Making loitering a criminal offence is not the answer

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Criminalising students, who are caught loitering in St. John’s after school hours, and holding their parents accountable, will not adequately address the age-old problem.
This is the view has been expressed by President of the Antigua and Barbuda Union of Teachers (A&BUT) Ashworth Azille and President of the National Parents Teachers Association Alister Thomas, in response to the call by Director of Education Clare Browne for loitering to be made a criminal offence.
Browne made the call on Monday while announcing that the Ministry of Education will be taking the lead to address the problem which he said has been left unattended for years.
Azille is of the opinion that the articulation of a policy alone will not solve the problem. According to him, there is need for broad consultation with parents and other stakeholders.
He elaborated that there must be a firm policy put in place, informed by the views of parents, the parents-teachers associations, educators and the wider business sector.
 “Perhaps we need to employ the use of police cadets just to be present in the city and to ensure that children are dispatched from places where they are gathering unnecessarily.  But, initiatives like those will require that those individuals are properly trained in diffusing situations because I already foresee it has the potential to spiral into something very unsavoury if the authorities are not handling the situation very well,” Azille said.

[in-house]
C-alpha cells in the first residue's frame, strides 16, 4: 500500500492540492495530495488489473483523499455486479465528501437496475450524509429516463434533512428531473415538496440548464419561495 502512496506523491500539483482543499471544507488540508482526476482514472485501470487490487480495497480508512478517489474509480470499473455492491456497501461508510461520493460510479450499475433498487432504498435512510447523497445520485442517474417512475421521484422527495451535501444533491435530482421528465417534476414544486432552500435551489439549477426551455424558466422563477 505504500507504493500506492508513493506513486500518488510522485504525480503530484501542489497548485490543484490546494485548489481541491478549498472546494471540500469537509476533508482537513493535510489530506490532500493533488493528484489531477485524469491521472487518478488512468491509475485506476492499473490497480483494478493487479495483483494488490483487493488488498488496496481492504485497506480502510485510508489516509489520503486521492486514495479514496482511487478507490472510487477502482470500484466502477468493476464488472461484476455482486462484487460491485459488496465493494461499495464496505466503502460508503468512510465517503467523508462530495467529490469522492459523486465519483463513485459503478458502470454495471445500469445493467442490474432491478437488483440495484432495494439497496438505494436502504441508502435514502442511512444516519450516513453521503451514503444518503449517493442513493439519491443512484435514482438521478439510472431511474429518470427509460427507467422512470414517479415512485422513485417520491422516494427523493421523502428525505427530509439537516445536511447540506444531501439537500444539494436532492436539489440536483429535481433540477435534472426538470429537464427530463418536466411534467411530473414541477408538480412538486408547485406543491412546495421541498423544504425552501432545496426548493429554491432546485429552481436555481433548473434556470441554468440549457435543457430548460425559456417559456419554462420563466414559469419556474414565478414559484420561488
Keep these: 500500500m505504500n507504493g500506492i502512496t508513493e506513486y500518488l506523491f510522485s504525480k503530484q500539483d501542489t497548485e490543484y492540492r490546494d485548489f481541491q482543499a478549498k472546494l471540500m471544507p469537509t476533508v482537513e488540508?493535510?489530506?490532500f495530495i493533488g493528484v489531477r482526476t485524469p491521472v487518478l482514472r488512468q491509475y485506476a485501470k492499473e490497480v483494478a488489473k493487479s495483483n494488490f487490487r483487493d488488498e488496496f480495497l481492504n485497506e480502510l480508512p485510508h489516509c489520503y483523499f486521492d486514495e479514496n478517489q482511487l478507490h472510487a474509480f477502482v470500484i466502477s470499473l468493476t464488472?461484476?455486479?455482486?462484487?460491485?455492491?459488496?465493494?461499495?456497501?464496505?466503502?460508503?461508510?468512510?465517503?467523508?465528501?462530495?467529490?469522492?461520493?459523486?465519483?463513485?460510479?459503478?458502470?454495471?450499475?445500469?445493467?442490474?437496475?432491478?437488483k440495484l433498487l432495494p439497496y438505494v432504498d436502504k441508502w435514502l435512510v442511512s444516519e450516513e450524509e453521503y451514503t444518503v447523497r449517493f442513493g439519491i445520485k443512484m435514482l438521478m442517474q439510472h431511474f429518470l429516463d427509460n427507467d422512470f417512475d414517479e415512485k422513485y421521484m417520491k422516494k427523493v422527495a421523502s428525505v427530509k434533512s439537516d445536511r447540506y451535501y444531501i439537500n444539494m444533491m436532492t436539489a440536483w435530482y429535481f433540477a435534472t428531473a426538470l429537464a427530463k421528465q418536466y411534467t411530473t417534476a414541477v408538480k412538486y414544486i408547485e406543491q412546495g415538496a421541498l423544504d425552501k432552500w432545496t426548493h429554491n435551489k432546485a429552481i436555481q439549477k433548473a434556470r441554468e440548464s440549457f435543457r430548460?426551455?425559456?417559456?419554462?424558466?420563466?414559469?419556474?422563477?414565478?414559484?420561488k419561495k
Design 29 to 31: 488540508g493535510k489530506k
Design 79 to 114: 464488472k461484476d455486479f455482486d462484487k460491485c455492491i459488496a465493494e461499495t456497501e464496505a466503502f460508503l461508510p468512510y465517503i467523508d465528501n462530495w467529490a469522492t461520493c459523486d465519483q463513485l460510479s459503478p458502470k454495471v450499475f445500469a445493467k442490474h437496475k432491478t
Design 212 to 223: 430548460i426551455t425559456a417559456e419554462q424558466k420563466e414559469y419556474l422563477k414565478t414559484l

He also explained that parents too should play a critical role in establishing expectations for their children and ensuring that they enforce those expectations.
According to the teacher’s union boss, while some students have legitimate reasons to be in the city, after school hours, there are others who insist on gathering in large numbers much to the annoyance of business owners.
Thomas put forward similar arguments. The head of the national parent-teachers’ association has posited that the issue is inter-related, in that, currently there is no integrated programme in place to respond to young people as it relates to extra-curricular activities.
“Are we engaging them adequately? Are we focusing sufficiently on vocational educational activities so that we would not just be looking at a tree but a forest? If we ensure that support is being through the national PTA and other organisations, the issues can be better addressed because there is a sharing of information,” Thomas said.
Parents who spoke to OBSERVER media also agreed that making loitering a criminal offence should be the last resort.

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